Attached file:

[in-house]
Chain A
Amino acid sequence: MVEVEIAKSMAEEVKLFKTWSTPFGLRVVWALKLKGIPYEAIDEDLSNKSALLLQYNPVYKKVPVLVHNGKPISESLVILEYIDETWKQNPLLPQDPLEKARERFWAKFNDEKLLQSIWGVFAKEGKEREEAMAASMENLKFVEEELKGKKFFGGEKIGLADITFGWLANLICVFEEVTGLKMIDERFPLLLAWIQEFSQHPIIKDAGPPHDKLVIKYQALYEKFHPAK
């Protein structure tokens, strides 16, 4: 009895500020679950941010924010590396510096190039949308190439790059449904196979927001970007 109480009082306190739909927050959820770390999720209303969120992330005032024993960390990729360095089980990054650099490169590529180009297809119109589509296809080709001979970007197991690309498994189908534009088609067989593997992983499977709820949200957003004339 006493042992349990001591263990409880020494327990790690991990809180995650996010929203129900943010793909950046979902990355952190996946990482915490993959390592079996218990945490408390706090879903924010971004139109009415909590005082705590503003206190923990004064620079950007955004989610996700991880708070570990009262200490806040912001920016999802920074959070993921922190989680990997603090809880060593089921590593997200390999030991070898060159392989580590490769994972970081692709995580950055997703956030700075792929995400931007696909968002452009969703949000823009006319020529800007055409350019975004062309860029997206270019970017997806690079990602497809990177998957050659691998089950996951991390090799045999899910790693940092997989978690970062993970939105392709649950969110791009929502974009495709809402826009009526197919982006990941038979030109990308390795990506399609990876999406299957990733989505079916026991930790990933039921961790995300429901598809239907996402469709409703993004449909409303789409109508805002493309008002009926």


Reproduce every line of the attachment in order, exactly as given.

[in-house]
Chain A
Amino acid sequence: MVEVEIAKSMAEEVKLFKTWSTPFGLRVVWALKLKGIPYEAIDEDLSNKSALLLQYNPVYKKVPVLVHNGKPISESLVILEYIDETWKQNPLLPQDPLEKARERFWAKFNDEKLLQSIWGVFAKEGKEREEAMAASMENLKFVEEELKGKKFFGGEKIGLADITFGWLANLICVFEEVTGLKMIDERFPLLLAWIQEFSQHPIIKDAGPPHDKLVIKYQALYEKFHPAK
């Protein structure tokens, strides 16, 4: 009895500020679950941010924010590396510096190039949308190439790059449904196979927001970007 109480009082306190739909927050959820770390999720209303969120992330005032024993960390990729360095089980990054650099490169590529180009297809119109589509296809080709001979970007197991690309498994189908534009088609067989593997992983499977709820949200957003004339 006493042992349990001591263990409880020494327990790690991990809180995650996010929203129900943010793909950046979902990355952190996946990482915490993959390592079996218990945490408390706090879903924010971004139109009415909590005082705590503003206190923990004064620079950007955004989610996700991880708070570990009262200490806040912001920016999802920074959070993921922190989680990997603090809880060593089921590593997200390999030991070898060159392989580590490769994972970081692709995580950055997703956030700075792929995400931007696909968002452009969703949000823009006319020529800007055409350019975004062309860029997206270019970017997806690079990602497809990177998957050659691998089950996951991390090799045999899910790693940092997989978690970062993970939105392709649950969110791009929502974009495709809402826009009526197919982006990941038979030109990308390795990506399609990876999406299957990733989505079916026991930790990933039921961790995300429901598809239907996402469709409703993004449909409303789409109508805002493309008002009926």